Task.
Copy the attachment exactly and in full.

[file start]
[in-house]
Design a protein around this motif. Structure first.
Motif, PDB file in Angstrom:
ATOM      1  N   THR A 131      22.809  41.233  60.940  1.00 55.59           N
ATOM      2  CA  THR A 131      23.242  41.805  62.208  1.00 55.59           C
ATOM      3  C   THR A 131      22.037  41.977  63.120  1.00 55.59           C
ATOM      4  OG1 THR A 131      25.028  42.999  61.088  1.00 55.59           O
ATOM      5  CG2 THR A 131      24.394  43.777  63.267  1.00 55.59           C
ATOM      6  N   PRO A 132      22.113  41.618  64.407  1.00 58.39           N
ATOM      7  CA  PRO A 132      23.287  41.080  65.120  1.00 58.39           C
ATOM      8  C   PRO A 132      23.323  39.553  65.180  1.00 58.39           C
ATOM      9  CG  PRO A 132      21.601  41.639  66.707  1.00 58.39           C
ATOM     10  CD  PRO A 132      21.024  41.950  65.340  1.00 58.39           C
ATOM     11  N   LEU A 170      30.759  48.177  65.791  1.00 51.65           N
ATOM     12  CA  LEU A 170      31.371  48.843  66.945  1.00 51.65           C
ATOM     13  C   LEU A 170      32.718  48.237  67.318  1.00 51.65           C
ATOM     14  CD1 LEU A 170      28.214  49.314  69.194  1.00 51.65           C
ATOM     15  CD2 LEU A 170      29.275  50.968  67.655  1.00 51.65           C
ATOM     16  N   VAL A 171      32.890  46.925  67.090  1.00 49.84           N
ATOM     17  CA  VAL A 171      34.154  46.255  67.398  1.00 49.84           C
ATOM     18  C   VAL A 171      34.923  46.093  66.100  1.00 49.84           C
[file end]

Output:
[in-house]
Design a protein around this motif. Structure first.
Motif, PDB file in Angstrom:
ATOM      1  N   THR A 131      22.809  41.233  60.940  1.00 55.59           N
ATOM      2  CA  THR A 131      23.242  41.805  62.208  1.00 55.59           C
ATOM      3  C   THR A 131      22.037  41.977  63.120  1.00 55.59           C
ATOM      4  OG1 THR A 131      25.028  42.999  61.088  1.00 55.59           O
ATOM      5  CG2 THR A 131      24.394  43.777  63.267  1.00 55.59           C
ATOM      6  N   PRO A 132      22.113  41.618  64.407  1.00 58.39           N
ATOM      7  CA  PRO A 132      23.287  41.080  65.120  1.00 58.39           C
ATOM      8  C   PRO A 132      23.323  39.553  65.180  1.00 58.39           C
ATOM      9  CG  PRO A 132      21.601  41.639  66.707  1.00 58.39           C
ATOM     10  CD  PRO A 132      21.024  41.950  65.340  1.00 58.39           C
ATOM     11  N   LEU A 170      30.759  48.177  65.791  1.00 51.65           N
ATOM     12  CA  LEU A 170      31.371  48.843  66.945  1.00 51.65           C
ATOM     13  C   LEU A 170      32.718  48.237  67.318  1.00 51.65           C
ATOM     14  CD1 LEU A 170      28.214  49.314  69.194  1.00 51.65           C
ATOM     15  CD2 LEU A 170      29.275  50.968  67.655  1.00 51.65           C
ATOM     16  N   VAL A 171      32.890  46.925  67.090  1.00 49.84           N
ATOM     17  CA  VAL A 171      34.154  46.255  67.398  1.00 49.84           C
ATOM     18  C   VAL A 171      34.923  46.093  66.100  1.00 49.84           C